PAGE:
The Five Best Cult TV Shows


Nearly everyone has a favorite TV show, but when a certain show is loved by so many people–yet still fails to get the same love from big time execs–it somehow becomes a cult classic. Much like movies that have the same types of followers, some TV shows hope that loyal fans stick by their side to watch an episode or season no matter what. And because we know just how much fans love them, here are the five best cult TV shows.

5. Sports Night

As someone who is openly obsessed with sports, this show was one that I personally looked forward to watching because it was written as an insider of shows like Sportscenter. My fellow sports geeks still reference this show for some reason, it only lasted two seasons–1998-2000–but I’m still convinced that this show could do well if it came out now and incorporated some of the modern trends like Twitter and Instagram into the writing.

4. The Wire

One show that I personally never got into, anyone I do know that did watch this show rave about it. The Wire did a good job of bringing multiple plots together and creating a simple, yet still, intense show on a regular basis that had viewers making sure they continued to keep up with the good, bad and ugly on the streets of Baltimore. With its simplistic approach, many shows today have a similar feel–like, for instance, House of Cards on Netflix.

3. The Ben Stiller Show

While Ben Stiller might be a big-timer these days, even found himself on Saturday Night Live for a four episodes before leaving on his own will, he required a TV show to try and get known in the early ’90s. Starring alongside fellow comedians Andy Dick, Janeane Garofalo and Bob Odenkirk, Stiller and a writer by the name of Judd Apatow gave the actors creative control on skits that well-known shows wouldn’t even let get out of a brainstorming session–which makes it so appealing to its faithfuls.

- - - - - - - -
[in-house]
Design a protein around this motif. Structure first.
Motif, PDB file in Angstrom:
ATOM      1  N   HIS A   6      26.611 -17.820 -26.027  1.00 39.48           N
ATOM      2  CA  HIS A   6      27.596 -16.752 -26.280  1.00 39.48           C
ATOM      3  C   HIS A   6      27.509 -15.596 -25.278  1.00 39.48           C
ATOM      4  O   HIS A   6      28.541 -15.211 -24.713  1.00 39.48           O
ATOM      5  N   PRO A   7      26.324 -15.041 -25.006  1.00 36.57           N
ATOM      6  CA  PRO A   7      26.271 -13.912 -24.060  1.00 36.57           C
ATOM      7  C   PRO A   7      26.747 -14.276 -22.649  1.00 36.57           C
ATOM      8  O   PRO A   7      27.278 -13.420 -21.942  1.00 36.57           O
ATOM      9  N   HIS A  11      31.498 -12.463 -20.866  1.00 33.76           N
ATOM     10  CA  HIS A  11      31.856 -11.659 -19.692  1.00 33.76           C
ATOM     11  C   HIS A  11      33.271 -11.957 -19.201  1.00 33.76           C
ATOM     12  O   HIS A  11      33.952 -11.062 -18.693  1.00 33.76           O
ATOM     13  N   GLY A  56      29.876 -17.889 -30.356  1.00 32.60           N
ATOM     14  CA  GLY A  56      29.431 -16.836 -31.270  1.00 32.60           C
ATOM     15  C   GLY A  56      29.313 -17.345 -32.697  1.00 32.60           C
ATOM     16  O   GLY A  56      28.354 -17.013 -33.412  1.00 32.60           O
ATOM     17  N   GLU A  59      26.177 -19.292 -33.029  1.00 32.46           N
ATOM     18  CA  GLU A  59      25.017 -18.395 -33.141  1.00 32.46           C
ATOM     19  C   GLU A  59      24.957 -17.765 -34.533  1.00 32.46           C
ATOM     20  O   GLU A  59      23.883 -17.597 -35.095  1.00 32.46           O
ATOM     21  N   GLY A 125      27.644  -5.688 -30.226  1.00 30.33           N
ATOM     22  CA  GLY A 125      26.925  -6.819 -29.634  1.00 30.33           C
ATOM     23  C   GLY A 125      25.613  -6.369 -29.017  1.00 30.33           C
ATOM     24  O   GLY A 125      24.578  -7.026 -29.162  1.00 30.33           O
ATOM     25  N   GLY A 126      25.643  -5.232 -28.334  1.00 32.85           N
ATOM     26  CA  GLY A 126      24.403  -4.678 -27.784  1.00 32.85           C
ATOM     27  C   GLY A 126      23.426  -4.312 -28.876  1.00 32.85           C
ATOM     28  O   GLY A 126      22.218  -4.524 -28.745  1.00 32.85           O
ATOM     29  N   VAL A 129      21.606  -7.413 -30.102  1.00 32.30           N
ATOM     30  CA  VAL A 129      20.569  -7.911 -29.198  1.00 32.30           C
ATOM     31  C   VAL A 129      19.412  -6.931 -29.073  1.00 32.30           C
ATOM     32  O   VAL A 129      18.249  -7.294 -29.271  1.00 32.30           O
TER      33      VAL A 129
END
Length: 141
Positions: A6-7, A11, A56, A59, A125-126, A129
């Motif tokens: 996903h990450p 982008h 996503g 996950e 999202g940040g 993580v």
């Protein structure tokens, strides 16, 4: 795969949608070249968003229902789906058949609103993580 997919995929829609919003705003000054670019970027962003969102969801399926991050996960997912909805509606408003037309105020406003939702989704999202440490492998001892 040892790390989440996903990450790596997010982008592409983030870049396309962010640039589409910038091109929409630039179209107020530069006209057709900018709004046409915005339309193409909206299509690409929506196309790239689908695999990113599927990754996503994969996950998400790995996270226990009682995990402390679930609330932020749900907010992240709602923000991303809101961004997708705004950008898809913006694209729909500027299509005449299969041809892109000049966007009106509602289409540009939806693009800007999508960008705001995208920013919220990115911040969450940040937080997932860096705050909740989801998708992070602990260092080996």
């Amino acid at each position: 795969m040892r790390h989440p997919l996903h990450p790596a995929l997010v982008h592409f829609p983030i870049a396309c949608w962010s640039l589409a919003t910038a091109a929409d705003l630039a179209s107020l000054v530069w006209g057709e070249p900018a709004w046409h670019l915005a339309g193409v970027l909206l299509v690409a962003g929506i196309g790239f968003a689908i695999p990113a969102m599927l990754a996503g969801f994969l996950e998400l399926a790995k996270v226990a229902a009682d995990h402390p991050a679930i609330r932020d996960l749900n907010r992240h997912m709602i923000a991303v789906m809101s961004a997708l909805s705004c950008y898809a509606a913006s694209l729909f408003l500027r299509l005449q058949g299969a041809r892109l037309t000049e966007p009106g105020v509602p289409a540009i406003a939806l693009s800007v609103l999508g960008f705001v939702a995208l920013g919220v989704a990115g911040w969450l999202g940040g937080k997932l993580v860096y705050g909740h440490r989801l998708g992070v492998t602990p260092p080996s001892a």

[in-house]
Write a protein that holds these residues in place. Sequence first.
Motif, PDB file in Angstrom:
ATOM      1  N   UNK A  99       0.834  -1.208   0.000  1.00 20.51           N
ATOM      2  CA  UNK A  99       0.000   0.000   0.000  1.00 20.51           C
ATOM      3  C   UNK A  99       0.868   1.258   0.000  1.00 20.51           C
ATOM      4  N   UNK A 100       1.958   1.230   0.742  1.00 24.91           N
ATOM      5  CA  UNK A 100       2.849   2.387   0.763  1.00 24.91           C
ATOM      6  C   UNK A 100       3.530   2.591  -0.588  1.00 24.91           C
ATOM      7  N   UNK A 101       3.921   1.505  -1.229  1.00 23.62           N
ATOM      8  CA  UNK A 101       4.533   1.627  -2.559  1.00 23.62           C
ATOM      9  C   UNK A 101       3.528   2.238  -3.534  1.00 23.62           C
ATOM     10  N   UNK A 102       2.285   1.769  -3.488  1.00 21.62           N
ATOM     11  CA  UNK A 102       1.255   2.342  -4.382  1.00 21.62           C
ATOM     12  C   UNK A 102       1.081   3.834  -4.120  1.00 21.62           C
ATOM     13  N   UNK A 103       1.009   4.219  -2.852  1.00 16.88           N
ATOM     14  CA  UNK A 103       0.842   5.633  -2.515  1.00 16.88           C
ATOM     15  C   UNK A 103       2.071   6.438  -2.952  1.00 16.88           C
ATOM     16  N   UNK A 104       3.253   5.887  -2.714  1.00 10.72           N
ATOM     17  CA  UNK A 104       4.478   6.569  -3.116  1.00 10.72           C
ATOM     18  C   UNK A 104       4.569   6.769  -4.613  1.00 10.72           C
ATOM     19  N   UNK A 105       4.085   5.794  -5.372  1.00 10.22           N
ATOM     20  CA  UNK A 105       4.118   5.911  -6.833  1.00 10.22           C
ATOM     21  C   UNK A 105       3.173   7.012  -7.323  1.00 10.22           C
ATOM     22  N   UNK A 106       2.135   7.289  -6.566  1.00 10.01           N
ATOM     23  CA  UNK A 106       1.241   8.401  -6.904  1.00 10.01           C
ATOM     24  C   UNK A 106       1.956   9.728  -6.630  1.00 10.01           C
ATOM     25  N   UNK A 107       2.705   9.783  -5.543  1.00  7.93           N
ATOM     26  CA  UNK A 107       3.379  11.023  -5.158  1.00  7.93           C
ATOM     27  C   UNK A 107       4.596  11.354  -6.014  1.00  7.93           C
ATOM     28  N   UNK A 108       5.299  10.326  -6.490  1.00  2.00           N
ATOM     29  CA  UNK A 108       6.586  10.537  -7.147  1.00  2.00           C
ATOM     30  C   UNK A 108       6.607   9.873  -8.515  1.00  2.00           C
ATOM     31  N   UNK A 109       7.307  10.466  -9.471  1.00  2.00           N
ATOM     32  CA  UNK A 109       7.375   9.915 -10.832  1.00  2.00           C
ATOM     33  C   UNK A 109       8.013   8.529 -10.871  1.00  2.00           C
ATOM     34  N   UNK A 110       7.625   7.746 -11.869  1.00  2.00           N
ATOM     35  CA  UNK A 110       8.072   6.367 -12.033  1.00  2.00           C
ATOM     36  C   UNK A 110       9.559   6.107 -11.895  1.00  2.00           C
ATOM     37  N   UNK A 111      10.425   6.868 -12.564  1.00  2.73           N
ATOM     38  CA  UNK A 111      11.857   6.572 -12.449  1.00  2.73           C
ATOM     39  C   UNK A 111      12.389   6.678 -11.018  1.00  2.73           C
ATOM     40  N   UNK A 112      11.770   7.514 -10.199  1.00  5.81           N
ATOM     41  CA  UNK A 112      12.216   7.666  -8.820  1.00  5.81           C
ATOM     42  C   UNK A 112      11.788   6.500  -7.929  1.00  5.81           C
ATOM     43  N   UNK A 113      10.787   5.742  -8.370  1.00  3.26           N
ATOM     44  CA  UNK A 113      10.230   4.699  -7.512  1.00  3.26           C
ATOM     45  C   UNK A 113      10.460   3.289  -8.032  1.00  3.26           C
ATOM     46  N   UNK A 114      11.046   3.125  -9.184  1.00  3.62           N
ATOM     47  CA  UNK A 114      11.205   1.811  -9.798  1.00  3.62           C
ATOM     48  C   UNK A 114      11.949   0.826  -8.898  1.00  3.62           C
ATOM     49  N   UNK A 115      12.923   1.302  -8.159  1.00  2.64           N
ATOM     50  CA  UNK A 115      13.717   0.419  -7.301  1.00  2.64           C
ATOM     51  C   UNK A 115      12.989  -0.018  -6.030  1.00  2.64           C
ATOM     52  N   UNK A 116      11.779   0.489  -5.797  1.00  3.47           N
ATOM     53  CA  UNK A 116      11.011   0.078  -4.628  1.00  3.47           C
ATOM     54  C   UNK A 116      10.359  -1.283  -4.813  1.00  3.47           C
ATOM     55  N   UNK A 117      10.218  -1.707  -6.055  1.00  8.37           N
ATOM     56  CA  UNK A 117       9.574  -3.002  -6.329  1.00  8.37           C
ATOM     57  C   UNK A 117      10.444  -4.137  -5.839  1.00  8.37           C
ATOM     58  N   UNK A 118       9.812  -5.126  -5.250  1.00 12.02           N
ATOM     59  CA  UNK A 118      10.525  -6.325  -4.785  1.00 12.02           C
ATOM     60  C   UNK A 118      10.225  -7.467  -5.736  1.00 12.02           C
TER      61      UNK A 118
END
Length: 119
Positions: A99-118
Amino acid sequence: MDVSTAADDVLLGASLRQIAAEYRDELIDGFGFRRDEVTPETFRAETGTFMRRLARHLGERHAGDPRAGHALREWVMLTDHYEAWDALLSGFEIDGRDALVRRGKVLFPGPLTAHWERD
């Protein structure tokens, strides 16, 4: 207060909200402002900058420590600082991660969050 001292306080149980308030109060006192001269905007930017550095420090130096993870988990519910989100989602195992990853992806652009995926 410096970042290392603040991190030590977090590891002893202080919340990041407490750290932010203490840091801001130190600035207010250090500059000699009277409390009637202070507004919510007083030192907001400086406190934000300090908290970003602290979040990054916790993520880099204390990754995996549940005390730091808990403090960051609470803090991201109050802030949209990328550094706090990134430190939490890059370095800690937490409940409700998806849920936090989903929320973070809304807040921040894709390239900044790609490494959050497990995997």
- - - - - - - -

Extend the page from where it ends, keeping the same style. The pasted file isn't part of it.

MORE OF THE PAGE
2. Pushing Daisies

It was an interesting concept–with the star of the show being able to bring the dead back to life with just a touch of his finger–and had a certain appeal to it because of its humor. If Pushing Daisies were a pie, the ingredients would be taking some comedy, mixing it in with drama and adding a hint of romance to bake this tasty TV treat that viewers are still upset over being cancelled following just two seasons

1. Battlestar Galactica

Although the show was a remake of the original series from the ’70s, Battlestar Galactica was more than worthy of holding its own thanks to superb writing and, dare I say it, better plot. Utilizing the post-millennial info that the writers and producers had at their disposal, the sci-fi show did a great job of creating mind-blowing space battles and a plot that showed things were taken pretty darn seriously on the Galactica ship.

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